AUSTRALIA:COLOR COMES DOWN

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AUSTRALIA:COLOR COMES DOWN

 user 2005-11-09 at 10:48:00 am Views: 78
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    australia:Colour comes down
    ENTERPRISE printing is rapidly developing a more colourful face, with the cost of a colour-printed page closing on its black-and-white equivalent, according to printer maker Lexmark.
    Australian managing director Graham Kittle said the market was moving from mono printing to colour faster than many analysts had predicted.
    As well as producing better documents, colour laser printing was becoming more affordable.
    Printers were increasingly able to switch between mono and colour, with smarter software managing output and use permissions, he said.
    Within about two years there would be little difference between the per-page price of a mono or colour page, he said.
    “Certainly, colour is becoming more accessible.”
    Colour units made up 23 per cent of Australian laser printer sales in September, according to IDC figures quoted by Lexmark.
    In September, total market colour sales came to 4434 units, but monthly sales have been as high as 7365 in 2005, according to IDC data.
    Mr Kittle said the amount companies spent on output was about 3 per cent to 5 per cent of total operating expenditure, or about 1 per cent to 3 per cent of revenue.
    Lexmark’s business was split 60-40 between enterprise and consumer, but consumer had “caught up” between 5 per cent and 10 per cent over the past five years, he said
    Nevertheless, the company had been building its resources for the enterprise and government market. This included the establishment of a North Sydney facility to showcase its wares and work with customers.
    Improved print management was a growth area, in a way similar to growth in data storage and management over the past five years, Mr Kittle said.
    “It’s quite strategic,” he said. “It responds well to being tightly managed.”
    As part of its “output optimisation roadmap”, Lexmark was working with customers in a number of areas, including workflow optimisation, he said. “The cheapest page is the one you don’t print.”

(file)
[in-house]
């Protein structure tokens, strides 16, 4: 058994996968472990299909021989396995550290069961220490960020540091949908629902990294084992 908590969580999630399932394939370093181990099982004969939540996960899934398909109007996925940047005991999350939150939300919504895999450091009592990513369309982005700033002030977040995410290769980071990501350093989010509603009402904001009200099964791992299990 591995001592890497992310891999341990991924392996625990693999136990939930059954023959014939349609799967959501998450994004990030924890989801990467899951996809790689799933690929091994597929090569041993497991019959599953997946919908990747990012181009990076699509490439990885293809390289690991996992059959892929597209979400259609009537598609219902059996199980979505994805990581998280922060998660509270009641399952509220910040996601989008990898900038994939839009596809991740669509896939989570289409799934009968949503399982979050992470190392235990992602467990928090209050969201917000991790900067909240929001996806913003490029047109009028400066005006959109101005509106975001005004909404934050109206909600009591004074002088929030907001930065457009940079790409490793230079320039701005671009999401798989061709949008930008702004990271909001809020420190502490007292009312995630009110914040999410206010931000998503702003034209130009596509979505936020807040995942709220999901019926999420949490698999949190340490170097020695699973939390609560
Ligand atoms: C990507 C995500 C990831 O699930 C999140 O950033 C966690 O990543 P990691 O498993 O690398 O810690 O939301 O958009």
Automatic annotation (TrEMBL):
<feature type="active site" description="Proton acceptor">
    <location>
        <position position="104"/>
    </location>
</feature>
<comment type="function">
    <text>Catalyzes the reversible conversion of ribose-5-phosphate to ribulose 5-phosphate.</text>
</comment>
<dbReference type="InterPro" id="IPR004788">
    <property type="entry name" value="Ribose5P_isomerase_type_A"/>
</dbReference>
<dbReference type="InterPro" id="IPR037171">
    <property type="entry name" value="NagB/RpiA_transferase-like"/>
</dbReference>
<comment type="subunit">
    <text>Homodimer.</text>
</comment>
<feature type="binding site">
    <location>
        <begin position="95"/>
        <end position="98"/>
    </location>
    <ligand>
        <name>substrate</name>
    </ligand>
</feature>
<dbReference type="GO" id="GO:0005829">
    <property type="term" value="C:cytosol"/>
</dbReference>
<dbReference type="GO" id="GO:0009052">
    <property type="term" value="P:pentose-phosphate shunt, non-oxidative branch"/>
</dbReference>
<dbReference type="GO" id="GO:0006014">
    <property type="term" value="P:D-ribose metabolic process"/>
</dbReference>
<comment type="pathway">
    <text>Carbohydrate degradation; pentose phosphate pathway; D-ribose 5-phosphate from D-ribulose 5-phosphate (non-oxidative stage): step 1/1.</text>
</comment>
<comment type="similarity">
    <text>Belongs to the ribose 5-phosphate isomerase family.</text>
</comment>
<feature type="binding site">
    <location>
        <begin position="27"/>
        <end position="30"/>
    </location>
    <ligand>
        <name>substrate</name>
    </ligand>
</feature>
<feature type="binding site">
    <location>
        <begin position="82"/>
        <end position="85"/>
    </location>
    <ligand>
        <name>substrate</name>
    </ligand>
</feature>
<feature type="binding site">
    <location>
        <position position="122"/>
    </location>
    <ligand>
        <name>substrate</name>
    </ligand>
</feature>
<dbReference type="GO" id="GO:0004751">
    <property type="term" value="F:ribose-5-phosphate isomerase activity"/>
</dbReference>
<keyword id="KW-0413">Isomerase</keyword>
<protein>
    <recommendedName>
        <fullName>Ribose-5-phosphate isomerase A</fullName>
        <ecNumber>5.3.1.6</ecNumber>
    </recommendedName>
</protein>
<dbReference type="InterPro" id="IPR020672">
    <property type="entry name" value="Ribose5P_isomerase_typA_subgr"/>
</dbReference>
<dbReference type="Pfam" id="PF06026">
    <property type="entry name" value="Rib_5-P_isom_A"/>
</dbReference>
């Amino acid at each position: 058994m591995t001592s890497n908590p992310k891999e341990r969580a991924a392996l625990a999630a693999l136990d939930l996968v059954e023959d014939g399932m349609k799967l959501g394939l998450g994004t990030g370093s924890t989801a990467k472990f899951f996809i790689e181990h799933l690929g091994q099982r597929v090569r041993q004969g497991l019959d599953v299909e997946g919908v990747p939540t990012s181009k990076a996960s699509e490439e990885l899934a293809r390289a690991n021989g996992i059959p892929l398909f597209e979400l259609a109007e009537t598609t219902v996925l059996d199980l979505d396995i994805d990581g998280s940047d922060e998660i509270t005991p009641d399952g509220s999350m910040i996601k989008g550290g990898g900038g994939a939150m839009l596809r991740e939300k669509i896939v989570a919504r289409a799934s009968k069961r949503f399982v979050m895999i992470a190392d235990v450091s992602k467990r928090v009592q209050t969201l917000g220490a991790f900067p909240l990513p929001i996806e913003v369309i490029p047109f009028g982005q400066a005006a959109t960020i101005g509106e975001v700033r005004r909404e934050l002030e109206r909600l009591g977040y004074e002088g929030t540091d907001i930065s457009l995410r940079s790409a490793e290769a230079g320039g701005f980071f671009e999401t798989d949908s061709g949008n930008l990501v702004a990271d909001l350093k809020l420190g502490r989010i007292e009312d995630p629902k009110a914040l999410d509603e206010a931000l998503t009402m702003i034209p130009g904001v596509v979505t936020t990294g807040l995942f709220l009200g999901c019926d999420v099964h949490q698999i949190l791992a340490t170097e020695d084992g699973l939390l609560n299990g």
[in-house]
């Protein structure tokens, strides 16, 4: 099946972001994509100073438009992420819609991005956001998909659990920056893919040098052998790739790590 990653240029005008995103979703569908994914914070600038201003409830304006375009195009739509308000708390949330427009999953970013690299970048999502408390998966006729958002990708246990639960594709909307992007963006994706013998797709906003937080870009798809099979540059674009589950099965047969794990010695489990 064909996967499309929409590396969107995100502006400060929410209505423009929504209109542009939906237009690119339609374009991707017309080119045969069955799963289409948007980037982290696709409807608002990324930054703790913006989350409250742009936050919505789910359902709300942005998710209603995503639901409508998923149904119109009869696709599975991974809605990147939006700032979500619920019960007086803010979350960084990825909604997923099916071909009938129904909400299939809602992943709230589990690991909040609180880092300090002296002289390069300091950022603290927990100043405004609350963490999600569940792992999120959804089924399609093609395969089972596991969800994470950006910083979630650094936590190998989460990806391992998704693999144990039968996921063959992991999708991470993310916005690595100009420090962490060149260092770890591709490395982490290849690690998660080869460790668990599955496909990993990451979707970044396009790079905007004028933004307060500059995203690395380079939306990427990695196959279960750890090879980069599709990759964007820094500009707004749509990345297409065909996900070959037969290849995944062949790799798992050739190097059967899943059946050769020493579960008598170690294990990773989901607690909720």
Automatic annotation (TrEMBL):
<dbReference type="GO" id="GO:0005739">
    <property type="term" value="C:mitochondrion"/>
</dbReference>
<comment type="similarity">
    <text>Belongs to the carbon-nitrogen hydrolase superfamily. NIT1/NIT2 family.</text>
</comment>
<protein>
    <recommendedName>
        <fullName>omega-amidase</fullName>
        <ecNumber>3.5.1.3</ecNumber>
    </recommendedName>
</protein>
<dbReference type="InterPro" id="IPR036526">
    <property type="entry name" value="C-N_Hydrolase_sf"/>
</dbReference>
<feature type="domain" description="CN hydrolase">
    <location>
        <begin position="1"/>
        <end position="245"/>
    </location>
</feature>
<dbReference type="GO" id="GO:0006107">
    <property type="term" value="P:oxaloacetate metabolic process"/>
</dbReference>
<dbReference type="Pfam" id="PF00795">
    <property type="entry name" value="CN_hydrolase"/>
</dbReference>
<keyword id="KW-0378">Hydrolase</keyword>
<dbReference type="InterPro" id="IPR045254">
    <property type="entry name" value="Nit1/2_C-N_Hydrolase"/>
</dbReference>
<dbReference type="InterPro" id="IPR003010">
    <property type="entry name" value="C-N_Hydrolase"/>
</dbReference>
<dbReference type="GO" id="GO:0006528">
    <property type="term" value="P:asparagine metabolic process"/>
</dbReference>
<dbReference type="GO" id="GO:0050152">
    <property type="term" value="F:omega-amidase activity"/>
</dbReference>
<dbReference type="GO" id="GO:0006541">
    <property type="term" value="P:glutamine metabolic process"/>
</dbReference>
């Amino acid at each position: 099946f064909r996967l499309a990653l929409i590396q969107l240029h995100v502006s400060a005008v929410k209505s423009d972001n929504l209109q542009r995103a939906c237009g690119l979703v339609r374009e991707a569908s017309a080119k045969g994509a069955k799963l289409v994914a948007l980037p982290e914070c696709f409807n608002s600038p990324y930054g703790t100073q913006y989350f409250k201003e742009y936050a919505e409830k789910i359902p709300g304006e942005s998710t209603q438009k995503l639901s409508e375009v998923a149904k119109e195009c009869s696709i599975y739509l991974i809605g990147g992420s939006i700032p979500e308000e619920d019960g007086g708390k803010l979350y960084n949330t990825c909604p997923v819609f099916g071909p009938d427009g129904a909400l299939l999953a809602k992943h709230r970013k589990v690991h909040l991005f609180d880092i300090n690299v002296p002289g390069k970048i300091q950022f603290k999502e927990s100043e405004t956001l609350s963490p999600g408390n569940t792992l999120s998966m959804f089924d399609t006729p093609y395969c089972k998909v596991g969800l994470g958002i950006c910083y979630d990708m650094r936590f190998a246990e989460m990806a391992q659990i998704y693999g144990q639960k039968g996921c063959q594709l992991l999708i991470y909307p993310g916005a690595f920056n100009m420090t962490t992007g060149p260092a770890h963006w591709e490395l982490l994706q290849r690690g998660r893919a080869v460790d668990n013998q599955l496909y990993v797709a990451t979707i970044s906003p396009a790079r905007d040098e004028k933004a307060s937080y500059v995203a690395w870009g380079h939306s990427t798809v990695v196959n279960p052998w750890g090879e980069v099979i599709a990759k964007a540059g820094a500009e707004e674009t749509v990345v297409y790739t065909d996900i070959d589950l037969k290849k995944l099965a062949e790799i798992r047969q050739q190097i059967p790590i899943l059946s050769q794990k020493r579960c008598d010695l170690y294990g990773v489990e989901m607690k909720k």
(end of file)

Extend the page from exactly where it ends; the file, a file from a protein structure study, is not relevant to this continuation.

The final progression of this strategy was printing as a managed service, he said. Managed services currently made up about 30 per cent of Lexmark’s business, up from 20 per cent two years ago, Mr Kittle said.
    Lexmark also offered managed services through the high end of its channel under an arrangement known as “wholesale total care”, he said.
    Partners that offered managed printing services typically had similar experience in another area, such as desktop, he said.
    About 95 per cent of Lexmark’s business in both consumer and enterprise had some level of channel involvement,” he said.
    “We have moved to a channel-friendly model,” he said.
    The company had grown its channel partner numbers by about 30 per cent in the past 18 months, Mr Kittle said.
    In the consumer market, more experienced users were heading towards better photo printing, while new entrants, which typically had little computing experience, were favouring more simple devices, he said.
    “There are a growing number of consumers that are not computer literate that want to print photos,” he said.
    People were also increasingly printing cameras taken with their mobile phones, which had already largely replaced disposable cameras, he said.
    Mr Kittle said Lexmark’s Australian revenue was up year-on-year, but he declined to reveal details.
    Growth areas for the company were high-end colour laser printers, high-end mono printers, and all-in-one print, fax and scan machines, Mr Kittle said.